You decide to make a delicious cheesecake. You do some research and discover a recipe for a dish called Sambocade at www.godecookery.com/goderec/grec16, which is from England in the late 14th century. The original recipe* is:
179. Sambocade. Take and make a crust in a trap & take cruddes and wryng out þe wheyze and drawe hem þurgh a straynour and put hit in þe crust. Do þerto sugar the þridde part, & somdel whyte of ayren, & shake þerin blomes of elren; & bake it vp with eurose, & messe it forth.
The Gode Cookery website translates this as:
Elderflower Cheesecake. Take and make a crust in a pie pan & take curds and wring out the whey and pass it through a strainer and put it in the pie shell. Add sugar (a “þridde part” – about 1/3 cup), and a portion of egg whites, and add dried elderflowers; and bake it with rosewater, and serve it.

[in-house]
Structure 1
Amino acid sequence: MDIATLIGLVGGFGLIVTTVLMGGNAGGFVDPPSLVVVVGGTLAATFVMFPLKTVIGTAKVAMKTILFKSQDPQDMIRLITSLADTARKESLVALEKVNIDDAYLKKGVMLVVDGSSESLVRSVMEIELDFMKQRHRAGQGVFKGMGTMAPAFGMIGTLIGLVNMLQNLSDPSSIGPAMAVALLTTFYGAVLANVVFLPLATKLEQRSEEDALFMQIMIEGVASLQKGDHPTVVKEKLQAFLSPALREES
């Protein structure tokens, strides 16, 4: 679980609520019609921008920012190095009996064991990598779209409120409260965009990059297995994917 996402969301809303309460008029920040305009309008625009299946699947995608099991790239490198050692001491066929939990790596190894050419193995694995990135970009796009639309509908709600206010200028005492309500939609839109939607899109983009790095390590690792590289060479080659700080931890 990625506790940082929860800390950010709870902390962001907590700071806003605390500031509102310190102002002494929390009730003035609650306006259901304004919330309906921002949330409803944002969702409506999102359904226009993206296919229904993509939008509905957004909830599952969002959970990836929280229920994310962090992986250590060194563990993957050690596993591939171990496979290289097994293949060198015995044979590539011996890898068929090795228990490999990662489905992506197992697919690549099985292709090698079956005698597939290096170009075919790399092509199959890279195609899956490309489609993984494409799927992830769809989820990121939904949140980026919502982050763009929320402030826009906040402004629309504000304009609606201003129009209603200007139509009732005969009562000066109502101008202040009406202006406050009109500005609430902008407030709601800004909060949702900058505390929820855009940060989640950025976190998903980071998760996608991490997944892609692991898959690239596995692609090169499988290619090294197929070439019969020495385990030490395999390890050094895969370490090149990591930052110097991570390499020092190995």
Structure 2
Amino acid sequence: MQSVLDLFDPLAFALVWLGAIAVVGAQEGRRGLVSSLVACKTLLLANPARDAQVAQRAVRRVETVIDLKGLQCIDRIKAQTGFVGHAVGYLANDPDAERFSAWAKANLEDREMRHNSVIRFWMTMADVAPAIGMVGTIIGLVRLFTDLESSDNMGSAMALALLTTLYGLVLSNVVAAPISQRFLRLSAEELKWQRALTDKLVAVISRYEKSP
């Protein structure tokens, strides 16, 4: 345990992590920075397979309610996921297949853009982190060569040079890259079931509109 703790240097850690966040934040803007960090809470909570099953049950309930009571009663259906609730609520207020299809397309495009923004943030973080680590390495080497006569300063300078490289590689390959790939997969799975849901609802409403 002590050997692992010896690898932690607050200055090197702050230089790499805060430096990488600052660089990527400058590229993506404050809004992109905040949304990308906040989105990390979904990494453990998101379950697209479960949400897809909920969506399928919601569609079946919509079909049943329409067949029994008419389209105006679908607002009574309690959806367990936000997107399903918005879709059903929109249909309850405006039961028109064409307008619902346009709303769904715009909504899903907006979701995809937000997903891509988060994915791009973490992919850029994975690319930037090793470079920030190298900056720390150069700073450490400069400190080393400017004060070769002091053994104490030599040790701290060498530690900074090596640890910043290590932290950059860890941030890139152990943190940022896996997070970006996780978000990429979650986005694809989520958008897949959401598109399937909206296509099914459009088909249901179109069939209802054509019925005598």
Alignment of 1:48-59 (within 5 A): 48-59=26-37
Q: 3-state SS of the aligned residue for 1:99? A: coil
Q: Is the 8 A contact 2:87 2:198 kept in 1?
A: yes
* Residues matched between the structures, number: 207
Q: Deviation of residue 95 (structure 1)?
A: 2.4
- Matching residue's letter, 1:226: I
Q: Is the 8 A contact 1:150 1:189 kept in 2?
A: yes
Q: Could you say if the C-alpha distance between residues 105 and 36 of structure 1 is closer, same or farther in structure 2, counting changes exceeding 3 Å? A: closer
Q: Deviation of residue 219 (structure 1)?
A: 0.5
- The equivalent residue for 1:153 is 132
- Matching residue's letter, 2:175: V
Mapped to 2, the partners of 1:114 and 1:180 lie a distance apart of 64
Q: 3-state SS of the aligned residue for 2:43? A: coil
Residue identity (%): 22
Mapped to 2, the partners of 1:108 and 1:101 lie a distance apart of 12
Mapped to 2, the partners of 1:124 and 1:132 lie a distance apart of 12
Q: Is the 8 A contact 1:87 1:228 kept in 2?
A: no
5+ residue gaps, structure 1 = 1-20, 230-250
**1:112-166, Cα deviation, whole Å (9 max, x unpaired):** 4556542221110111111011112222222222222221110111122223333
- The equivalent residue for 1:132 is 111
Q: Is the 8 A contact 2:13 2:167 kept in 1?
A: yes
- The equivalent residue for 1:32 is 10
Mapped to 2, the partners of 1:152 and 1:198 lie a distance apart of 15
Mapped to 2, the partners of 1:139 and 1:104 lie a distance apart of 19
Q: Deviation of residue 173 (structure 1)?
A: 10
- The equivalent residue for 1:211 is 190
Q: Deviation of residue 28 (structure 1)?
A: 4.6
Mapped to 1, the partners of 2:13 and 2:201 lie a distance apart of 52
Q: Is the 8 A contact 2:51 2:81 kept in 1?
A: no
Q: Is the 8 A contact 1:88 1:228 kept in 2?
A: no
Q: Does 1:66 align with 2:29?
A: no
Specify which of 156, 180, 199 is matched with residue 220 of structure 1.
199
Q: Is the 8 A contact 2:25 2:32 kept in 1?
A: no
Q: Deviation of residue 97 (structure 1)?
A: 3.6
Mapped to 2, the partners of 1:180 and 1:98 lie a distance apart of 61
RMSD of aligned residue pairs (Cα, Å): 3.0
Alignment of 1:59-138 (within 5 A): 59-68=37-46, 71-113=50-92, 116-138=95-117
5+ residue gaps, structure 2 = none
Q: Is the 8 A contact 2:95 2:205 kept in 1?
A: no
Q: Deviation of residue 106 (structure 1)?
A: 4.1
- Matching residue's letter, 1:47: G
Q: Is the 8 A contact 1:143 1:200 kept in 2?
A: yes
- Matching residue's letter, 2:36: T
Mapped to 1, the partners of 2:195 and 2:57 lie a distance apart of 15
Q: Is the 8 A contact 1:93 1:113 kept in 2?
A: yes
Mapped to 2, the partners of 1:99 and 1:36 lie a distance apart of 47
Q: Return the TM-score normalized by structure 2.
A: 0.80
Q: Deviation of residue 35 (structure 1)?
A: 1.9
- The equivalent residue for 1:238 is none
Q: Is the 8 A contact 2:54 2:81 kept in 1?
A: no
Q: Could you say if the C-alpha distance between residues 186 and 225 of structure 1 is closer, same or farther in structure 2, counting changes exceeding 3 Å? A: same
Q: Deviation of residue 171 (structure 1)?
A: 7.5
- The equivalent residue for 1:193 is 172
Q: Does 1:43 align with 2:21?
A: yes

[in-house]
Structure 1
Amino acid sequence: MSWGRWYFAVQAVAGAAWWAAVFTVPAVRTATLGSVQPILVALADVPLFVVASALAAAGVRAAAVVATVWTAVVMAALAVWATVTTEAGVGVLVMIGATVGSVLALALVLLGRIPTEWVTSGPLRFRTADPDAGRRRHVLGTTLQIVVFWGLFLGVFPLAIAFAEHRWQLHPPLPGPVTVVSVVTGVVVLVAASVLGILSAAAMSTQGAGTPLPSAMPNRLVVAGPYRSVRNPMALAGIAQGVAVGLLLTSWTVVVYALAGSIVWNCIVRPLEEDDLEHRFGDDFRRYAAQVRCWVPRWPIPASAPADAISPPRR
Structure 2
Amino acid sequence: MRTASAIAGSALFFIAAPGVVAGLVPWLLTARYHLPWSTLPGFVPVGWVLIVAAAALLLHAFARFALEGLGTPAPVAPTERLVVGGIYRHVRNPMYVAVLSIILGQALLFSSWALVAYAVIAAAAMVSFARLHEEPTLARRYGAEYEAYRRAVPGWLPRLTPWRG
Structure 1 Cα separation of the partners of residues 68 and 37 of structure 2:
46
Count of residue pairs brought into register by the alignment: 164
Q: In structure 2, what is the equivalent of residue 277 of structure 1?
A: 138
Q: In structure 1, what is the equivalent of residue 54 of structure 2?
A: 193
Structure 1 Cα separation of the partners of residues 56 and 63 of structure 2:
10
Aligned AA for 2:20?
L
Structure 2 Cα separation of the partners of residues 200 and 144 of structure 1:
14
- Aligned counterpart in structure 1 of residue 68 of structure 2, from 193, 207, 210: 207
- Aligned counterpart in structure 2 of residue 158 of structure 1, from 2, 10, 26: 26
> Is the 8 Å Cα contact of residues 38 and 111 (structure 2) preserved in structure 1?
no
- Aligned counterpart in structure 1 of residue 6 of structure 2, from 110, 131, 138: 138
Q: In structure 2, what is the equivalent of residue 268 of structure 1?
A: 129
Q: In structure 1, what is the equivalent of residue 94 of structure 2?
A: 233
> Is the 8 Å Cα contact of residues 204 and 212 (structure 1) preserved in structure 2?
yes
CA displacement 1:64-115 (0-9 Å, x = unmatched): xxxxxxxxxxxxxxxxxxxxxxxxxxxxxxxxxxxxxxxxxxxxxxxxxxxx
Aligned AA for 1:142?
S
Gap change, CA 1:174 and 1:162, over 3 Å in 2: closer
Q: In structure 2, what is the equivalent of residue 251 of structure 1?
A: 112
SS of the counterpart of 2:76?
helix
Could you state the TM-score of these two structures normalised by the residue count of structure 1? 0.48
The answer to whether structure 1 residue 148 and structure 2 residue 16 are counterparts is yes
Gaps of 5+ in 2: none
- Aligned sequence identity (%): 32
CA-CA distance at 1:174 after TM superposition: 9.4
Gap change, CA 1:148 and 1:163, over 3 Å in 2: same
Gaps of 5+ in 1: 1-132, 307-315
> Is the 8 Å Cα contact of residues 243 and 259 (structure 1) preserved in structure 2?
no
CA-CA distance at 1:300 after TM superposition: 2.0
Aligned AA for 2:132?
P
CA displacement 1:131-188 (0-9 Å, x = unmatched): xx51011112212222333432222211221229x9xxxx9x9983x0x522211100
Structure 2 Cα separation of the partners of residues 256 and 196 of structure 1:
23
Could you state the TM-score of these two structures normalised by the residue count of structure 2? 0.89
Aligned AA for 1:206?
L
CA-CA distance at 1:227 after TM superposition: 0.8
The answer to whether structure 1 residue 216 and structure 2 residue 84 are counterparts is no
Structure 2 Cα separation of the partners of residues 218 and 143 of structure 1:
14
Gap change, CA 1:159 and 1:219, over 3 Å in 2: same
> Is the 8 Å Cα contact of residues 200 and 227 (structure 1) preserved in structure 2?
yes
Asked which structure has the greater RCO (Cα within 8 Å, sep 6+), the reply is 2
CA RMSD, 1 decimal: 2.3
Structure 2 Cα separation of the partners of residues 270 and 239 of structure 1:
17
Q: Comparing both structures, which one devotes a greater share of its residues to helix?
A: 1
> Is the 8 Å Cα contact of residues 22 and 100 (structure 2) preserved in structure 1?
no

You follow the redaction given on the Gode Cookery site, but you notice that it calls for a pie shell.
If you decide to make the crust yourself, turn to Page 3.
If you decide to use a store-bought pie shell, turn to Page 4.
* from Hieatt, Constance B. and Sharon Butler. Curye on Inglish: English Culinary Manuscripts of the Fourteenth-Century (Including the Forme of Cury). New York: for The Early English Text Society by the Oxford University Press, 1985.)